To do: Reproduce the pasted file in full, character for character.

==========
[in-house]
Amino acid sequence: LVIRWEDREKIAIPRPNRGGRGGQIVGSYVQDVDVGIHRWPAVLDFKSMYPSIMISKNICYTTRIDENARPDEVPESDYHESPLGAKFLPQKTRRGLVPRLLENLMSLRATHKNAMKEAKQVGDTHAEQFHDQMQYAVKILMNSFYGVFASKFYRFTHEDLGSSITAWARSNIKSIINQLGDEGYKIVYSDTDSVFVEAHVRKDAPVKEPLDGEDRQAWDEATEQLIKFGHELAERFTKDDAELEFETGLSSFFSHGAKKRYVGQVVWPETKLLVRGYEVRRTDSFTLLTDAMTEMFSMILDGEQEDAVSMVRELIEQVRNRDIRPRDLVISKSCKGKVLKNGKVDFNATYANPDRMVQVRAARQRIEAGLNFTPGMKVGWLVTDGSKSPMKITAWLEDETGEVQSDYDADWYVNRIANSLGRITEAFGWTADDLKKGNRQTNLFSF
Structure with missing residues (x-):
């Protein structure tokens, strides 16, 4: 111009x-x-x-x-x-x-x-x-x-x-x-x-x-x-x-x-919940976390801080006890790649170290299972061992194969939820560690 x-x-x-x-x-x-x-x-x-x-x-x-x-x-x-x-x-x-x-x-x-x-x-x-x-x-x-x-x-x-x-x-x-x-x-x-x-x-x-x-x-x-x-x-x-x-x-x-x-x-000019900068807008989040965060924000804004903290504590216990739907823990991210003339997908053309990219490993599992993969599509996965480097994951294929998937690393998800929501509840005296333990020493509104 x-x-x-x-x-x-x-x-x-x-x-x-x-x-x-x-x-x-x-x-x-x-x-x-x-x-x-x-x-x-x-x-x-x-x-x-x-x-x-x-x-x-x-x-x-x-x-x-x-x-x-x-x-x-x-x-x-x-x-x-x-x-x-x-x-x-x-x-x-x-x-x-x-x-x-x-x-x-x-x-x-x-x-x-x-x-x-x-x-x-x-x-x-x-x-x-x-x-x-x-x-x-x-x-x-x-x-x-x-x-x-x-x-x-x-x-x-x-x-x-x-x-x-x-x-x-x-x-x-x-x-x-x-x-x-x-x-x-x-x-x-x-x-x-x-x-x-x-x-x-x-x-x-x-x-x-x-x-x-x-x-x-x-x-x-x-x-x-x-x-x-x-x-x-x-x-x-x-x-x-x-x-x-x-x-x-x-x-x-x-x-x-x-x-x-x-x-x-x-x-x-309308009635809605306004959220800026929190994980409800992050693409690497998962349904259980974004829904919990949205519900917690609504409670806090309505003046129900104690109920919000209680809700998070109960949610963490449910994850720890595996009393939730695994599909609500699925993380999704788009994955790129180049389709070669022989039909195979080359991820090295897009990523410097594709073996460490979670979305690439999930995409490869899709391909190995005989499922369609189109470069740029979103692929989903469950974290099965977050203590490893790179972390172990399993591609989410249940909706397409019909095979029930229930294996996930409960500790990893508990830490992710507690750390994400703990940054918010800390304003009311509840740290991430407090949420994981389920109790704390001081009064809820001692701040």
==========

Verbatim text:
[in-house]
Amino acid sequence: LVIRWEDREKIAIPRPNRGGRGGQIVGSYVQDVDVGIHRWPAVLDFKSMYPSIMISKNICYTTRIDENARPDEVPESDYHESPLGAKFLPQKTRRGLVPRLLENLMSLRATHKNAMKEAKQVGDTHAEQFHDQMQYAVKILMNSFYGVFASKFYRFTHEDLGSSITAWARSNIKSIINQLGDEGYKIVYSDTDSVFVEAHVRKDAPVKEPLDGEDRQAWDEATEQLIKFGHELAERFTKDDAELEFETGLSSFFSHGAKKRYVGQVVWPETKLLVRGYEVRRTDSFTLLTDAMTEMFSMILDGEQEDAVSMVRELIEQVRNRDIRPRDLVISKSCKGKVLKNGKVDFNATYANPDRMVQVRAARQRIEAGLNFTPGMKVGWLVTDGSKSPMKITAWLEDETGEVQSDYDADWYVNRIANSLGRITEAFGWTADDLKKGNRQTNLFSF
Structure with missing residues (x-):
């Protein structure tokens, strides 16, 4: 111009x-x-x-x-x-x-x-x-x-x-x-x-x-x-x-x-919940976390801080006890790649170290299972061992194969939820560690 x-x-x-x-x-x-x-x-x-x-x-x-x-x-x-x-x-x-x-x-x-x-x-x-x-x-x-x-x-x-x-x-x-x-x-x-x-x-x-x-x-x-x-x-x-x-x-x-x-x-000019900068807008989040965060924000804004903290504590216990739907823990991210003339997908053309990219490993599992993969599509996965480097994951294929998937690393998800929501509840005296333990020493509104 x-x-x-x-x-x-x-x-x-x-x-x-x-x-x-x-x-x-x-x-x-x-x-x-x-x-x-x-x-x-x-x-x-x-x-x-x-x-x-x-x-x-x-x-x-x-x-x-x-x-x-x-x-x-x-x-x-x-x-x-x-x-x-x-x-x-x-x-x-x-x-x-x-x-x-x-x-x-x-x-x-x-x-x-x-x-x-x-x-x-x-x-x-x-x-x-x-x-x-x-x-x-x-x-x-x-x-x-x-x-x-x-x-x-x-x-x-x-x-x-x-x-x-x-x-x-x-x-x-x-x-x-x-x-x-x-x-x-x-x-x-x-x-x-x-x-x-x-x-x-x-x-x-x-x-x-x-x-x-x-x-x-x-x-x-x-x-x-x-x-x-x-x-x-x-x-x-x-x-x-x-x-x-x-x-x-x-x-x-x-x-x-x-x-x-x-x-x-x-x-x-309308009635809605306004959220800026929190994980409800992050693409690497998962349904259980974004829904919990949205519900917690609504409670806090309505003046129900104690109920919000209680809700998070109960949610963490449910994850720890595996009393939730695994599909609500699925993380999704788009994955790129180049389709070669022989039909195979080359991820090295897009990523410097594709073996460490979670979305690439999930995409490869899709391909190995005989499922369609189109470069740029979103692929989903469950974290099965977050203590490893790179972390172990399993591609989410249940909706397409019909095979029930229930294996996930409960500790990893508990830490992710507690750390994400703990940054918010800390304003009311509840740290991430407090949420994981389920109790704390001081009064809820001692701040």